U.S. grains: Soy touches US$12 mark on Brazil weather

CBOT March corn, wheat also up

CBOT January 2020 soybeans with 20-, 50- and 100-day moving averages. (Barchart)

Chicago | Reuters — U.S. soybean futures climbed to US$12 a bushel on Monday for the first time in four years as dry conditions in parts of Brazil and Argentina stoked concerns about supplies of the oilseed, analysts said.

Corn advanced, also lifted by worries about dryness in South America, and wheat futures followed the firm trend.

Chicago Board of Trade January soybean futures settled up 10-1/2 cents at $11.91-1/2 per bushel after touching $12 in opening moves, the highest price for a most-active soybean futures contract since June 2016 (all figures US$).

CBOT March corn ended up five cents at $4.33-1/4 a bushel and March wheat finished up five cents at $6.04-1/2 a bushel.

Weekend rains were limited to far northern areas of Brazil’s soy belt, space technology company Maxar said in a crop weather note, and forecasts for this week were not much better.

“Rainfall amounts are expected to be light in most areas, which will maintain dryness concerns across most of Brazil, stressing corn and soybeans,” the Maxar note said.

Brazil is the world’s top soybean exporter and Argentina is No. 3 after the United States.

The Chicago soybean futures forward curve shows prices have jumped for all contracts through to the middle of next year.

Corn futures drew support from fresh export demand. The U.S. Department of Agriculture (USDA) confirmed private sales of 334,000 tonnes of U.S. corn to unknown destinations, the latest in a series of daily corn sales announcements.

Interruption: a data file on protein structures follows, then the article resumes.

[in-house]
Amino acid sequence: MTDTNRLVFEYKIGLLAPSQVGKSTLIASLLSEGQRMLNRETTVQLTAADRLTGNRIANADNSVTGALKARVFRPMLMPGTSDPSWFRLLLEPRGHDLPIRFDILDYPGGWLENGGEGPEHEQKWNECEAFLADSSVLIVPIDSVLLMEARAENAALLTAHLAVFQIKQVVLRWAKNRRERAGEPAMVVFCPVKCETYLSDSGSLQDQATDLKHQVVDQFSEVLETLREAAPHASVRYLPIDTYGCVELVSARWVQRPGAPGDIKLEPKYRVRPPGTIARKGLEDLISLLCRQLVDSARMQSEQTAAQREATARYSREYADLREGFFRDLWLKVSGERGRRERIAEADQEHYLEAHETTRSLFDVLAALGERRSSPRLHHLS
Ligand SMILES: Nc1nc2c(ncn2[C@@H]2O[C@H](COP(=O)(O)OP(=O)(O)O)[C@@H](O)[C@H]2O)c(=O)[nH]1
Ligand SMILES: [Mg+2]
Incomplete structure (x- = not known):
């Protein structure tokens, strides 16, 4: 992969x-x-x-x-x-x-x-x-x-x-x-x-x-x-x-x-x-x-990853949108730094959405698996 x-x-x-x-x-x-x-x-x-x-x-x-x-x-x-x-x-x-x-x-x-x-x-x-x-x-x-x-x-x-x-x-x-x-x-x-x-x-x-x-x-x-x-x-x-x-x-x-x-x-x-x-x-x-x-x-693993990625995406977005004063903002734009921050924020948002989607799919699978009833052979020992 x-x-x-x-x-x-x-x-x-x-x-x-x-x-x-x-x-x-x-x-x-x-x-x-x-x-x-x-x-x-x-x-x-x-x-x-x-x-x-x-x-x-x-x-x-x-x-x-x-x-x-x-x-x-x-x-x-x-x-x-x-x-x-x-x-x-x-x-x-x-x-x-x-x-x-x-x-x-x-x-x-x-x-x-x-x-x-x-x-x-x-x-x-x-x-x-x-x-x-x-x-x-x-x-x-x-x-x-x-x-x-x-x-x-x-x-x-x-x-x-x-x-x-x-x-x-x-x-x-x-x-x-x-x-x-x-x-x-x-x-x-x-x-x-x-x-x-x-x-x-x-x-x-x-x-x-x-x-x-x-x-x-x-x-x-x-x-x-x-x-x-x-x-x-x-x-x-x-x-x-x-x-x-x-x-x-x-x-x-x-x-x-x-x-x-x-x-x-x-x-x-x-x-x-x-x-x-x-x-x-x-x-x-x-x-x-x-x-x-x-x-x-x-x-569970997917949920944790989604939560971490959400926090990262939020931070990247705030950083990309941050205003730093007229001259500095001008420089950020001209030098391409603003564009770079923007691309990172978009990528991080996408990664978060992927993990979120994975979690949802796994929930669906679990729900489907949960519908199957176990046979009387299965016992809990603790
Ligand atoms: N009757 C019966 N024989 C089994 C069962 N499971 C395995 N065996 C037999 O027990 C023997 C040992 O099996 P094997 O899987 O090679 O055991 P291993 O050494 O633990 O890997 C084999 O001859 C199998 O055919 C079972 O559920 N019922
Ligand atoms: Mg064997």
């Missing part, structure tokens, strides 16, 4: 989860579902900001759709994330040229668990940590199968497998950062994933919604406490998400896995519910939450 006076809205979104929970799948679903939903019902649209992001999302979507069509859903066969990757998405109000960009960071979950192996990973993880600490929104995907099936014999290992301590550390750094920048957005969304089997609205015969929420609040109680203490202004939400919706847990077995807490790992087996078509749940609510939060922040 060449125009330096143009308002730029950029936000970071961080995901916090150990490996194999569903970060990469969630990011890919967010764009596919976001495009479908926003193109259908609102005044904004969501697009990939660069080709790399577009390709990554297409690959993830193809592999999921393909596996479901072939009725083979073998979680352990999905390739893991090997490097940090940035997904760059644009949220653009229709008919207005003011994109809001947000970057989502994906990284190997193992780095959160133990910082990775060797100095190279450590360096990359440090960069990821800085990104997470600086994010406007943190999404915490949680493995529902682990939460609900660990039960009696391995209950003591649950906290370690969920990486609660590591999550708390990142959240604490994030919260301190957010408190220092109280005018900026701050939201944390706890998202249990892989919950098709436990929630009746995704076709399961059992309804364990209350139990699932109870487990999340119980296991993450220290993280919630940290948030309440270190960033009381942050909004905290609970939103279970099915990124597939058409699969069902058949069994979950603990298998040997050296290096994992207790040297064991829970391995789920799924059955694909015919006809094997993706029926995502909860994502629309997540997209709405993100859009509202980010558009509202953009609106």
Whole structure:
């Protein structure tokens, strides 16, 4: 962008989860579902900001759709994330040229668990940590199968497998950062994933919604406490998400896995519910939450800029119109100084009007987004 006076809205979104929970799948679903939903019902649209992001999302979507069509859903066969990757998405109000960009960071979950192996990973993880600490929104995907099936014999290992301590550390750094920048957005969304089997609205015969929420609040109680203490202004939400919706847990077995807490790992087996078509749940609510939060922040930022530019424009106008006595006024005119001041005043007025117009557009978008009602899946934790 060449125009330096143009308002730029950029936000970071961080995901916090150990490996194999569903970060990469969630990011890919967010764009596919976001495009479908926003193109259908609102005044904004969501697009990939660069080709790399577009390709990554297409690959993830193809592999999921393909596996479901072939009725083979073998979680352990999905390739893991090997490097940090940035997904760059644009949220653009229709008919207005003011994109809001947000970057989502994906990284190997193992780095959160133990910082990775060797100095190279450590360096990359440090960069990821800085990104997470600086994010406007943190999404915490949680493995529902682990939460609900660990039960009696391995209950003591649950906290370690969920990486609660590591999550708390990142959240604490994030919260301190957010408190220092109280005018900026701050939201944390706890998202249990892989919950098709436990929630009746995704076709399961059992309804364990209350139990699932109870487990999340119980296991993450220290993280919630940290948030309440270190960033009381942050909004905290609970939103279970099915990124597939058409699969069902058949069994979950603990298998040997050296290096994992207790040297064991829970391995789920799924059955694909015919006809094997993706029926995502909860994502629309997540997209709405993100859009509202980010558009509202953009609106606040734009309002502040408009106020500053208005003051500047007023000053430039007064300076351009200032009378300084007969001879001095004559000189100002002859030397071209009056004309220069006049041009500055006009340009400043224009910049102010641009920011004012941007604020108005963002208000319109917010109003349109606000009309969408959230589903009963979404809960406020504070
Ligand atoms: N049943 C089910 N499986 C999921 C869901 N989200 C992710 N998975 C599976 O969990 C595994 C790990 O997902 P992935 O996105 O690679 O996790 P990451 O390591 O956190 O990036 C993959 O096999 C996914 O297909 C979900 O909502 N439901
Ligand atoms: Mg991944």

“Corn is also firm on poor South American crop weather, including in Argentina, with more export demand also expected, with U.S. corn looking the cheapest in the world,” said Matt Ammermann, StoneX commodity risk manager.

CBOT wheat followed the strength in corn and soybeans, but gains in K.C. hard red winter wheat were capped by weekend rains that bolstered wheat crop prospects in parts of Kansas and Oklahoma.

However, after the close, USDA’s weekly crop progress report showed U.S. winter wheat ratings declined in the latest week. USDA rated 43 per cent of the crop in good to excellent condition, down from 46 per cent a week earlier, bucking analyst expectations for a one-point improvement.

— Julie Ingwersen is a Reuters commodities correspondent in Chicago; additional reporting by Michael Hogan in Hamburg and Naveen Thukral in Singapore.

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